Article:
Studying music in college may lead to students facing additional emotional strain because of the deeply personal nature of their work.
“I’m pretty sure most people have no idea what it’s like to be a music major, and it’s kind of crazy,” said Max Olivier, a cello student at Utah State University.
Like all students, he endures the ups and downs of college life. But many music students undergo added pressures such as performance anxiety and perfectionism because of their close association with their craft.
“I would say probably the majority experience some sort of depression, whether it be intermittent or more constant. There’s a lot of pressure. When practicing and lessons are a bit rough, it’s really hard not to internalize that,” said David Young.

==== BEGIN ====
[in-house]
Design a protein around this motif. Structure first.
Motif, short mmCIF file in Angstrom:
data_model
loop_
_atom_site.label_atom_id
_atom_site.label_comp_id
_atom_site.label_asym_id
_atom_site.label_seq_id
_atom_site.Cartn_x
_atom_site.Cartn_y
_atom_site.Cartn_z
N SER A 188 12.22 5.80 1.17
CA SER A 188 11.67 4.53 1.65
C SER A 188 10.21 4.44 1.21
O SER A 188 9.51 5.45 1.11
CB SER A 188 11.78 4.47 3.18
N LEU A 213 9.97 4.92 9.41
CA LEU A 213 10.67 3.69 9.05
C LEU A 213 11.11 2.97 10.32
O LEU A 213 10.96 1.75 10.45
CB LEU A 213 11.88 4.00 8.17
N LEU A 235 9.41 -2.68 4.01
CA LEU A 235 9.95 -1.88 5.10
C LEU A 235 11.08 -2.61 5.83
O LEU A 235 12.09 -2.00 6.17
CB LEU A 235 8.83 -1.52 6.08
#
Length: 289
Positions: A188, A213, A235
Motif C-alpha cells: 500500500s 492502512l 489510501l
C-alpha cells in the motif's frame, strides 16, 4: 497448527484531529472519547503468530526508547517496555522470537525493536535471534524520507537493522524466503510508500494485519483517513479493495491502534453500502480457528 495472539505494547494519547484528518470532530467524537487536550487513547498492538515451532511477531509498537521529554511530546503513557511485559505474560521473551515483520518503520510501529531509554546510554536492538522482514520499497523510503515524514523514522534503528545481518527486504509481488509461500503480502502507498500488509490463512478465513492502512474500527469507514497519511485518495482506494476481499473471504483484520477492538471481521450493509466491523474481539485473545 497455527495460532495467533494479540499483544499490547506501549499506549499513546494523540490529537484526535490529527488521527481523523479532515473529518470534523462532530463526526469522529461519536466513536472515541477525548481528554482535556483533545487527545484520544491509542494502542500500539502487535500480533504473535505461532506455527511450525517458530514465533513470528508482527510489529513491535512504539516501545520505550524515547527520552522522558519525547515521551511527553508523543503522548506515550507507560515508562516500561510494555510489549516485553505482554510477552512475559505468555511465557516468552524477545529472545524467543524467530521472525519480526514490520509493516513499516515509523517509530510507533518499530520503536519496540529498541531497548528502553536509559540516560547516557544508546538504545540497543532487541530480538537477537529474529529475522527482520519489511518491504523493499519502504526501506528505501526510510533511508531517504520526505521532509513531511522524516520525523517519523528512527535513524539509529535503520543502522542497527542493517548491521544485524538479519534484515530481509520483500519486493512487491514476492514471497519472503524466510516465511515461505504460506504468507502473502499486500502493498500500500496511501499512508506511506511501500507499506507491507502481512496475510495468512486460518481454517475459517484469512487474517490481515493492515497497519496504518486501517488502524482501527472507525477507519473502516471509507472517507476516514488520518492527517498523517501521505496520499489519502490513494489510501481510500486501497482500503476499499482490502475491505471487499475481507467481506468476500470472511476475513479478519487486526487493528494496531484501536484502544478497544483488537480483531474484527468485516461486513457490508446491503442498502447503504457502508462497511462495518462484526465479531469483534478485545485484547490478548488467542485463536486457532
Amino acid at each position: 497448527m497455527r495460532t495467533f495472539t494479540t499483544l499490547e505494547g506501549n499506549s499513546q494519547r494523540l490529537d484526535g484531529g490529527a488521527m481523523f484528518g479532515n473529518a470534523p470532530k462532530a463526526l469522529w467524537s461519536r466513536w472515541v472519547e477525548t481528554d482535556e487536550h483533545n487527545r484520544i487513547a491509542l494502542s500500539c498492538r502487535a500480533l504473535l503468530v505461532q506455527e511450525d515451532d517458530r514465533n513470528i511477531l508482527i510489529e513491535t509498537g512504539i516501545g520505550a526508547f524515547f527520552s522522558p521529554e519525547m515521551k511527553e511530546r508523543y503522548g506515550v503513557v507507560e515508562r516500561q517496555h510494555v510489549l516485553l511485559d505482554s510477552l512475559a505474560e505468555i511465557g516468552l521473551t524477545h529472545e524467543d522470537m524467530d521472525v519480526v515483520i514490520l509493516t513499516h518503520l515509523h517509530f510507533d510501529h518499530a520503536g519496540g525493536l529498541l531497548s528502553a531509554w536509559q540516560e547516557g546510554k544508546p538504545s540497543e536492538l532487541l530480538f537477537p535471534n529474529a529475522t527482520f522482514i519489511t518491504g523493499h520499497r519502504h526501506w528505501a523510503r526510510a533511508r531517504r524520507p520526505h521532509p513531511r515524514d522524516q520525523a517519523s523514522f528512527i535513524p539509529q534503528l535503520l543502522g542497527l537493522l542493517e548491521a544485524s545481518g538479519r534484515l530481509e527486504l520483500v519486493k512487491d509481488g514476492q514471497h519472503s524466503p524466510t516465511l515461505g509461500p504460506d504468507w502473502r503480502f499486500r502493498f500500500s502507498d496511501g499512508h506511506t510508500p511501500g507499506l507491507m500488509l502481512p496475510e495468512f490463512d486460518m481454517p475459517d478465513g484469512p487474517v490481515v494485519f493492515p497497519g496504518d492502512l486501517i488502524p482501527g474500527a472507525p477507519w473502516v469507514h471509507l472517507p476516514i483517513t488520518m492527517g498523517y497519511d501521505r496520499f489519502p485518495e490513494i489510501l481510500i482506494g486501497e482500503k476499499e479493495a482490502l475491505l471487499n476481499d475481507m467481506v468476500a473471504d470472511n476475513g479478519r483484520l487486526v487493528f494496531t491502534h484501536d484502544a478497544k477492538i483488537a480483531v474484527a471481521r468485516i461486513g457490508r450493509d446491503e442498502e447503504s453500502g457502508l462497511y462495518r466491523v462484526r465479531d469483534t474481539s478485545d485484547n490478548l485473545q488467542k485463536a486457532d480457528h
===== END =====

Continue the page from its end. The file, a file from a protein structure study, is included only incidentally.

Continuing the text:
“It’s because their art, they consider it a part of themselves. And when that gets critiqued, especially not in a healthy way, it can be really damaging to the soul,” Sariah Young said.
Music students like David and Sariah continue in their field despite the increased risk for depression and anxiety because of the community and method of expression music programs offer.
“Self-expression is a basic human need and music helps me fulfill that,” David said.
“It’s about fulfillment and for me the fulfillment also comes through creativity. It’s probably one of the main ways that I connect with people,” Sariah said.
In addition to the support of students in their community, faculty in the Caine College of the Arts are also working to better support student services through implementing methods such as the critical response theory, a method devised to support healthy conversations about a student’s art.